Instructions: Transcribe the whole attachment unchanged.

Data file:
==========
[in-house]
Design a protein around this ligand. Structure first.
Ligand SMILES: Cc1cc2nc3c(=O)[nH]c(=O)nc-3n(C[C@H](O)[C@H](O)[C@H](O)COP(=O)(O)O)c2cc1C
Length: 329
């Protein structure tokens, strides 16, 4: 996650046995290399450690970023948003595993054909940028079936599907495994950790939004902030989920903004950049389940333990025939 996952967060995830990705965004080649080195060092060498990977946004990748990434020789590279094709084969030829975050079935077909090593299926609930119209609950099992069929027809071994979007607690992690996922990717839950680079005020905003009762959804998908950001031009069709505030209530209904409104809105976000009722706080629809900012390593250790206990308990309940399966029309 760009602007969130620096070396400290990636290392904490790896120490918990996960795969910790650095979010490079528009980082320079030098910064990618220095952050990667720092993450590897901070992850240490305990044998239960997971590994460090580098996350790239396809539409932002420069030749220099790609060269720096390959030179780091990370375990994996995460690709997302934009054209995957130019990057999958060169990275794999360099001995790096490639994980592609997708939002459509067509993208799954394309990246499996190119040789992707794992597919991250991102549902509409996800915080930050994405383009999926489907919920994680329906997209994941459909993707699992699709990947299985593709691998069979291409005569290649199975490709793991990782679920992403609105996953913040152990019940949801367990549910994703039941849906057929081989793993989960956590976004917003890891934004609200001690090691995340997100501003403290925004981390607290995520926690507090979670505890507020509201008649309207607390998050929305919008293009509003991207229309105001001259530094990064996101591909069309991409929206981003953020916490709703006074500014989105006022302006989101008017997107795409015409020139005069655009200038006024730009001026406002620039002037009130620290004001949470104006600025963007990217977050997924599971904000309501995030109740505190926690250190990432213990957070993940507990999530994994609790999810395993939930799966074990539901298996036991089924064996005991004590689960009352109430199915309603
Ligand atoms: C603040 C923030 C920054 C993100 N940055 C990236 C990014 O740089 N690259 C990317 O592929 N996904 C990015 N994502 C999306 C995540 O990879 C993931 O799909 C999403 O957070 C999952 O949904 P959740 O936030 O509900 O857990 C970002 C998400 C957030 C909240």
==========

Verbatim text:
[in-house]
Design a protein around this ligand. Structure first.
Ligand SMILES: Cc1cc2nc3c(=O)[nH]c(=O)nc-3n(C[C@H](O)[C@H](O)[C@H](O)COP(=O)(O)O)c2cc1C
Length: 329
């Protein structure tokens, strides 16, 4: 996650046995290399450690970023948003595993054909940028079936599907495994950790939004902030989920903004950049389940333990025939 996952967060995830990705965004080649080195060092060498990977946004990748990434020789590279094709084969030829975050079935077909090593299926609930119209609950099992069929027809071994979007607690992690996922990717839950680079005020905003009762959804998908950001031009069709505030209530209904409104809105976000009722706080629809900012390593250790206990308990309940399966029309 760009602007969130620096070396400290990636290392904490790896120490918990996960795969910790650095979010490079528009980082320079030098910064990618220095952050990667720092993450590897901070992850240490305990044998239960997971590994460090580098996350790239396809539409932002420069030749220099790609060269720096390959030179780091990370375990994996995460690709997302934009054209995957130019990057999958060169990275794999360099001995790096490639994980592609997708939002459509067509993208799954394309990246499996190119040789992707794992597919991250991102549902509409996800915080930050994405383009999926489907919920994680329906997209994941459909993707699992699709990947299985593709691998069979291409005569290649199975490709793991990782679920992403609105996953913040152990019940949801367990549910994703039941849906057929081989793993989960956590976004917003890891934004609200001690090691995340997100501003403290925004981390607290995520926690507090979670505890507020509201008649309207607390998050929305919008293009509003991207229309105001001259530094990064996101591909069309991409929206981003953020916490709703006074500014989105006022302006989101008017997107795409015409020139005069655009200038006024730009001026406002620039002037009130620290004001949470104006600025963007990217977050997924599971904000309501995030109740505190926690250190990432213990957070993940507990999530994994609790999810395993939930799966074990539901298996036991089924064996005991004590689960009352109430199915309603
Ligand atoms: C603040 C923030 C920054 C993100 N940055 C990236 C990014 O740089 N690259 C990317 O592929 N996904 C990015 N994502 C999306 C995540 O990879 C993931 O799909 C999403 O957070 C999952 O949904 P959740 O936030 O509900 O857990 C970002 C998400 C957030 C909240």